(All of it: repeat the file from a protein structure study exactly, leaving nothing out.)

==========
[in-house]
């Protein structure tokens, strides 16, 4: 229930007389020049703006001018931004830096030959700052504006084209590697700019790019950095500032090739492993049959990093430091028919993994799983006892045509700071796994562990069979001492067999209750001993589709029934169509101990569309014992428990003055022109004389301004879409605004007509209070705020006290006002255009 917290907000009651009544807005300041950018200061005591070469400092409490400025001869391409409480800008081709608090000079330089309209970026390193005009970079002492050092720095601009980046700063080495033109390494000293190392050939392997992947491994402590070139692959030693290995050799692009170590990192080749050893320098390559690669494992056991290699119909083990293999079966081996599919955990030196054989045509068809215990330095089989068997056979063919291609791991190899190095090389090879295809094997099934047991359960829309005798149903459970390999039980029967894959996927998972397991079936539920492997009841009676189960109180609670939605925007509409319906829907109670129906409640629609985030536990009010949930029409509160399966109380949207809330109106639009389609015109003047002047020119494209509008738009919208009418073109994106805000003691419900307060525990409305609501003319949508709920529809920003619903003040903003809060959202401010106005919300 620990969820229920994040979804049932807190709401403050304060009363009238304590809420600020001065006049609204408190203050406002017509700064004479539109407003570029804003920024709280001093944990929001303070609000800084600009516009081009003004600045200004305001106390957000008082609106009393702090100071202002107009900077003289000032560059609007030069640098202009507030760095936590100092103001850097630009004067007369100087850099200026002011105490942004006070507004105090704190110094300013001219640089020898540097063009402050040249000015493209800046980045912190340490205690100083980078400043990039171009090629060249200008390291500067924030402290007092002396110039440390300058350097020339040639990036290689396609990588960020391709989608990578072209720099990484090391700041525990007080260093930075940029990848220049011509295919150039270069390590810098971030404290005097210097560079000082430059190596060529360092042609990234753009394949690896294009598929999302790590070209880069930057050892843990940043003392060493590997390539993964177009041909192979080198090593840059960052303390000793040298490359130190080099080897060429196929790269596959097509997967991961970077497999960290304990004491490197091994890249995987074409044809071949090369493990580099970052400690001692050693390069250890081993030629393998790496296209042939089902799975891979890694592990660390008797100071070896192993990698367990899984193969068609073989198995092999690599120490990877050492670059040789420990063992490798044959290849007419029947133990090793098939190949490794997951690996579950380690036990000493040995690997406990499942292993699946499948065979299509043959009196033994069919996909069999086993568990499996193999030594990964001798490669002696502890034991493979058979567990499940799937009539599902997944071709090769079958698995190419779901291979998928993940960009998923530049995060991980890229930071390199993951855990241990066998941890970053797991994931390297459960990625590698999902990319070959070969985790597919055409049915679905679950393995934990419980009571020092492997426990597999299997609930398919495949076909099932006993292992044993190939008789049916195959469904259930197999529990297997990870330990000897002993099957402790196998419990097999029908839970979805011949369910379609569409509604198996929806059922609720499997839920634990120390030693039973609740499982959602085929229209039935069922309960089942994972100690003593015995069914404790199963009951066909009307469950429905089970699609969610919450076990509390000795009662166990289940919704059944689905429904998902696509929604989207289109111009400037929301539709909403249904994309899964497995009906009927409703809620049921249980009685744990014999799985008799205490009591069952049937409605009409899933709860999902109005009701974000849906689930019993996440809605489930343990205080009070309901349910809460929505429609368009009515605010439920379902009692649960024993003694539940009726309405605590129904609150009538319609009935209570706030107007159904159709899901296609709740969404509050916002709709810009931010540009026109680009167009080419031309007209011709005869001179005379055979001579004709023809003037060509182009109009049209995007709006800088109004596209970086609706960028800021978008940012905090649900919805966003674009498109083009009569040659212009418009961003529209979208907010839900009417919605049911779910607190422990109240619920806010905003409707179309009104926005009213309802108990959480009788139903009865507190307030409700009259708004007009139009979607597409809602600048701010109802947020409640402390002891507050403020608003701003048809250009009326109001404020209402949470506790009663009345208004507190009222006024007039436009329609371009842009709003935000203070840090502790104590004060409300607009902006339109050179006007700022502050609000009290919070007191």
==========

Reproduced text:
[in-house]
């Protein structure tokens, strides 16, 4: 229930007389020049703006001018931004830096030959700052504006084209590697700019790019950095500032090739492993049959990093430091028919993994799983006892045509700071796994562990069979001492067999209750001993589709029934169509101990569309014992428990003055022109004389301004879409605004007509209070705020006290006002255009 917290907000009651009544807005300041950018200061005591070469400092409490400025001869391409409480800008081709608090000079330089309209970026390193005009970079002492050092720095601009980046700063080495033109390494000293190392050939392997992947491994402590070139692959030693290995050799692009170590990192080749050893320098390559690669494992056991290699119909083990293999079966081996599919955990030196054989045509068809215990330095089989068997056979063919291609791991190899190095090389090879295809094997099934047991359960829309005798149903459970390999039980029967894959996927998972397991079936539920492997009841009676189960109180609670939605925007509409319906829907109670129906409640629609985030536990009010949930029409509160399966109380949207809330109106639009389609015109003047002047020119494209509008738009919208009418073109994106805000003691419900307060525990409305609501003319949508709920529809920003619903003040903003809060959202401010106005919300 620990969820229920994040979804049932807190709401403050304060009363009238304590809420600020001065006049609204408190203050406002017509700064004479539109407003570029804003920024709280001093944990929001303070609000800084600009516009081009003004600045200004305001106390957000008082609106009393702090100071202002107009900077003289000032560059609007030069640098202009507030760095936590100092103001850097630009004067007369100087850099200026002011105490942004006070507004105090704190110094300013001219640089020898540097063009402050040249000015493209800046980045912190340490205690100083980078400043990039171009090629060249200008390291500067924030402290007092002396110039440390300058350097020339040639990036290689396609990588960020391709989608990578072209720099990484090391700041525990007080260093930075940029990848220049011509295919150039270069390590810098971030404290005097210097560079000082430059190596060529360092042609990234753009394949690896294009598929999302790590070209880069930057050892843990940043003392060493590997390539993964177009041909192979080198090593840059960052303390000793040298490359130190080099080897060429196929790269596959097509997967991961970077497999960290304990004491490197091994890249995987074409044809071949090369493990580099970052400690001692050693390069250890081993030629393998790496296209042939089902799975891979890694592990660390008797100071070896192993990698367990899984193969068609073989198995092999690599120490990877050492670059040789420990063992490798044959290849007419029947133990090793098939190949490794997951690996579950380690036990000493040995690997406990499942292993699946499948065979299509043959009196033994069919996909069999086993568990499996193999030594990964001798490669002696502890034991493979058979567990499940799937009539599902997944071709090769079958698995190419779901291979998928993940960009998923530049995060991980890229930071390199993951855990241990066998941890970053797991994931390297459960990625590698999902990319070959070969985790597919055409049915679905679950393995934990419980009571020092492997426990597999299997609930398919495949076909099932006993292992044993190939008789049916195959469904259930197999529990297997990870330990000897002993099957402790196998419990097999029908839970979805011949369910379609569409509604198996929806059922609720499997839920634990120390030693039973609740499982959602085929229209039935069922309960089942994972100690003593015995069914404790199963009951066909009307469950429905089970699609969610919450076990509390000795009662166990289940919704059944689905429904998902696509929604989207289109111009400037929301539709909403249904994309899964497995009906009927409703809620049921249980009685744990014999799985008799205490009591069952049937409605009409899933709860999902109005009701974000849906689930019993996440809605489930343990205080009070309901349910809460929505429609368009009515605010439920379902009692649960024993003694539940009726309405605590129904609150009538319609009935209570706030107007159904159709899901296609709740969404509050916002709709810009931010540009026109680009167009080419031309007209011709005869001179005379055979001579004709023809003037060509182009109009049209995007709006800088109004596209970086609706960028800021978008940012905090649900919805966003674009498109083009009569040659212009418009961003529209979208907010839900009417919605049911779910607190422990109240619920806010905003409707179309009104926005009213309802108990959480009788139903009865507190307030409700009259708004007009139009979607597409809602600048701010109802947020409640402390002891507050403020608003701003048809250009009326109001404020209402949470506790009663009345208004507190009222006024007039436009329609371009842009709003935000203070840090502790104590004060409300607009902006339109050179006007700022502050609000009290919070007191």